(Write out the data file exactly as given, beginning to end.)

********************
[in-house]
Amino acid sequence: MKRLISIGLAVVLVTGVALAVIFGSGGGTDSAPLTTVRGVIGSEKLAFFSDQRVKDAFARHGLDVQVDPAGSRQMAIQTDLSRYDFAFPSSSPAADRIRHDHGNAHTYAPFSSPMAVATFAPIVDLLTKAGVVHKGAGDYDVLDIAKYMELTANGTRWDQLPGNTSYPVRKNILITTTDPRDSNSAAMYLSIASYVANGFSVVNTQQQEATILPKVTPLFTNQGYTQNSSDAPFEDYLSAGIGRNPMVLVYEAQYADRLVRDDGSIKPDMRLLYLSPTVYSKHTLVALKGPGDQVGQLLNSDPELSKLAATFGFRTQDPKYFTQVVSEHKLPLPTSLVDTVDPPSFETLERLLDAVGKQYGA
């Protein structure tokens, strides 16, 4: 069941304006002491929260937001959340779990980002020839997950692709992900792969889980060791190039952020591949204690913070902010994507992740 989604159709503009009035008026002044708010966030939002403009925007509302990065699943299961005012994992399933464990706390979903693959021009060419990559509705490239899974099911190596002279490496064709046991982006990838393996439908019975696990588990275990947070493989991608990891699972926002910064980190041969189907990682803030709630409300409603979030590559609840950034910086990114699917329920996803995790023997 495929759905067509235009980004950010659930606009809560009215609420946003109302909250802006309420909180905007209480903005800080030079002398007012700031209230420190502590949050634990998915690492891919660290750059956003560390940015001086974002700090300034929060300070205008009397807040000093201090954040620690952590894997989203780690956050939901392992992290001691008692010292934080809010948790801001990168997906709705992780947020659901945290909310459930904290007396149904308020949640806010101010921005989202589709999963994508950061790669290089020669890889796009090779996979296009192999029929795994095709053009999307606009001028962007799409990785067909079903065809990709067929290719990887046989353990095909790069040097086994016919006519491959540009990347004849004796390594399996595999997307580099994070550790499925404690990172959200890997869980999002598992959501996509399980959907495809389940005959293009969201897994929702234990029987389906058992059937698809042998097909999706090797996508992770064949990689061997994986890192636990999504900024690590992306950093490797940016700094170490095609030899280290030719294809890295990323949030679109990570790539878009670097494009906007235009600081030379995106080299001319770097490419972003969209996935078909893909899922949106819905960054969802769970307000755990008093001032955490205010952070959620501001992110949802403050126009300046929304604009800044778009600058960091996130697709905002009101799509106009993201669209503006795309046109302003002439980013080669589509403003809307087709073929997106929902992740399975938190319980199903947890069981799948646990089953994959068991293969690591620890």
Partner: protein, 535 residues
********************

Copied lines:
[in-house]
Amino acid sequence: MKRLISIGLAVVLVTGVALAVIFGSGGGTDSAPLTTVRGVIGSEKLAFFSDQRVKDAFARHGLDVQVDPAGSRQMAIQTDLSRYDFAFPSSSPAADRIRHDHGNAHTYAPFSSPMAVATFAPIVDLLTKAGVVHKGAGDYDVLDIAKYMELTANGTRWDQLPGNTSYPVRKNILITTTDPRDSNSAAMYLSIASYVANGFSVVNTQQQEATILPKVTPLFTNQGYTQNSSDAPFEDYLSAGIGRNPMVLVYEAQYADRLVRDDGSIKPDMRLLYLSPTVYSKHTLVALKGPGDQVGQLLNSDPELSKLAATFGFRTQDPKYFTQVVSEHKLPLPTSLVDTVDPPSFETLERLLDAVGKQYGA
């Protein structure tokens, strides 16, 4: 069941304006002491929260937001959340779990980002020839997950692709992900792969889980060791190039952020591949204690913070902010994507992740 989604159709503009009035008026002044708010966030939002403009925007509302990065699943299961005012994992399933464990706390979903693959021009060419990559509705490239899974099911190596002279490496064709046991982006990838393996439908019975696990588990275990947070493989991608990891699972926002910064980190041969189907990682803030709630409300409603979030590559609840950034910086990114699917329920996803995790023997 495929759905067509235009980004950010659930606009809560009215609420946003109302909250802006309420909180905007209480903005800080030079002398007012700031209230420190502590949050634990998915690492891919660290750059956003560390940015001086974002700090300034929060300070205008009397807040000093201090954040620690952590894997989203780690956050939901392992992290001691008692010292934080809010948790801001990168997906709705992780947020659901945290909310459930904290007396149904308020949640806010101010921005989202589709999963994508950061790669290089020669890889796009090779996979296009192999029929795994095709053009999307606009001028962007799409990785067909079903065809990709067929290719990887046989353990095909790069040097086994016919006519491959540009990347004849004796390594399996595999997307580099994070550790499925404690990172959200890997869980999002598992959501996509399980959907495809389940005959293009969201897994929702234990029987389906058992059937698809042998097909999706090797996508992770064949990689061997994986890192636990999504900024690590992306950093490797940016700094170490095609030899280290030719294809890295990323949030679109990570790539878009670097494009906007235009600081030379995106080299001319770097490419972003969209996935078909893909899922949106819905960054969802769970307000755990008093001032955490205010952070959620501001992110949802403050126009300046929304604009800044778009600058960091996130697709905002009101799509106009993201669209503006795309046109302003002439980013080669589509403003809307087709073929997106929902992740399975938190319980199903947890069981799948646990089953994959068991293969690591620890």
Partner: protein, 535 residues